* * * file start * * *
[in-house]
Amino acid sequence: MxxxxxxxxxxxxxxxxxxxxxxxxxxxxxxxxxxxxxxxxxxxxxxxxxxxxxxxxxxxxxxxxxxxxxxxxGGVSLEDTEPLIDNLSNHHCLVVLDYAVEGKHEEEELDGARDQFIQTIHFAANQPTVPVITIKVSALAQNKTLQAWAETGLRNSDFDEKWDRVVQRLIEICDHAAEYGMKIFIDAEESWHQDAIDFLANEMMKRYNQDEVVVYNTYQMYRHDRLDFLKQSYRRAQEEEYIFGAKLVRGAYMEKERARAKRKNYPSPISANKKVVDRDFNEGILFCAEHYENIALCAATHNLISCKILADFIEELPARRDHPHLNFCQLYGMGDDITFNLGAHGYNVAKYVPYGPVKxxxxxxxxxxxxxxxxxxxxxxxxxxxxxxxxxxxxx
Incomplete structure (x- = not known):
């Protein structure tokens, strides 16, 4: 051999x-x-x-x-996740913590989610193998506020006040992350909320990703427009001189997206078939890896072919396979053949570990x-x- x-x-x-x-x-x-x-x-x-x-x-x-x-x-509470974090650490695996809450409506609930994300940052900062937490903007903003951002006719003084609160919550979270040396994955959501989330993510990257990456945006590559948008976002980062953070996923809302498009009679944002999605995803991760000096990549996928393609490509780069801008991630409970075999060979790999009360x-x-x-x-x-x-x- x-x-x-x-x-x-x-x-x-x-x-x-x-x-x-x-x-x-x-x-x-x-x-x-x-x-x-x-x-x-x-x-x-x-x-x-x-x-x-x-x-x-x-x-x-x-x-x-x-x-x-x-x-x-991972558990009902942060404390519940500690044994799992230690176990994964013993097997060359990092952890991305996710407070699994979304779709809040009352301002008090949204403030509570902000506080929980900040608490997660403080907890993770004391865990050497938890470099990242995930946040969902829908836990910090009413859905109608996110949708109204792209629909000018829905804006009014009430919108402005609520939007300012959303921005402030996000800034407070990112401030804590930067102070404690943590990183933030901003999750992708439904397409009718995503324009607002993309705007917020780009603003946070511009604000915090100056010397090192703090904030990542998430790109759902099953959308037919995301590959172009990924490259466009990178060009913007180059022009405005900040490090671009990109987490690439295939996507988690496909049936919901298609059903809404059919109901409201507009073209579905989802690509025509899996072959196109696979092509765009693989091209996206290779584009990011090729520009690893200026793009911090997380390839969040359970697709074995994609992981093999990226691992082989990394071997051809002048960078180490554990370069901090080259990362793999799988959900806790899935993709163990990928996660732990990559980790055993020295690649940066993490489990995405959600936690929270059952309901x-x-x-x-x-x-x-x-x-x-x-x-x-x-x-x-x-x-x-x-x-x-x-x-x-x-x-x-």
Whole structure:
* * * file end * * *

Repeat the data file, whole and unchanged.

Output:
[in-house]
Amino acid sequence: MxxxxxxxxxxxxxxxxxxxxxxxxxxxxxxxxxxxxxxxxxxxxxxxxxxxxxxxxxxxxxxxxxxxxxxxxGGVSLEDTEPLIDNLSNHHCLVVLDYAVEGKHEEEELDGARDQFIQTIHFAANQPTVPVITIKVSALAQNKTLQAWAETGLRNSDFDEKWDRVVQRLIEICDHAAEYGMKIFIDAEESWHQDAIDFLANEMMKRYNQDEVVVYNTYQMYRHDRLDFLKQSYRRAQEEEYIFGAKLVRGAYMEKERARAKRKNYPSPISANKKVVDRDFNEGILFCAEHYENIALCAATHNLISCKILADFIEELPARRDHPHLNFCQLYGMGDDITFNLGAHGYNVAKYVPYGPVKxxxxxxxxxxxxxxxxxxxxxxxxxxxxxxxxxxxxx
Incomplete structure (x- = not known):
């Protein structure tokens, strides 16, 4: 051999x-x-x-x-996740913590989610193998506020006040992350909320990703427009001189997206078939890896072919396979053949570990x-x- x-x-x-x-x-x-x-x-x-x-x-x-x-x-509470974090650490695996809450409506609930994300940052900062937490903007903003951002006719003084609160919550979270040396994955959501989330993510990257990456945006590559948008976002980062953070996923809302498009009679944002999605995803991760000096990549996928393609490509780069801008991630409970075999060979790999009360x-x-x-x-x-x-x- x-x-x-x-x-x-x-x-x-x-x-x-x-x-x-x-x-x-x-x-x-x-x-x-x-x-x-x-x-x-x-x-x-x-x-x-x-x-x-x-x-x-x-x-x-x-x-x-x-x-x-x-x-x-991972558990009902942060404390519940500690044994799992230690176990994964013993097997060359990092952890991305996710407070699994979304779709809040009352301002008090949204403030509570902000506080929980900040608490997660403080907890993770004391865990050497938890470099990242995930946040969902829908836990910090009413859905109608996110949708109204792209629909000018829905804006009014009430919108402005609520939007300012959303921005402030996000800034407070990112401030804590930067102070404690943590990183933030901003999750992708439904397409009718995503324009607002993309705007917020780009603003946070511009604000915090100056010397090192703090904030990542998430790109759902099953959308037919995301590959172009990924490259466009990178060009913007180059022009405005900040490090671009990109987490690439295939996507988690496909049936919901298609059903809404059919109901409201507009073209579905989802690509025509899996072959196109696979092509765009693989091209996206290779584009990011090729520009690893200026793009911090997380390839969040359970697709074995994609992981093999990226691992082989990394071997051809002048960078180490554990370069901090080259990362793999799988959900806790899935993709163990990928996660732990990559980790055993020295690649940066993490489990995405959600936690929270059952309901x-x-x-x-x-x-x-x-x-x-x-x-x-x-x-x-x-x-x-x-x-x-x-x-x-x-x-x-």
Whole structure: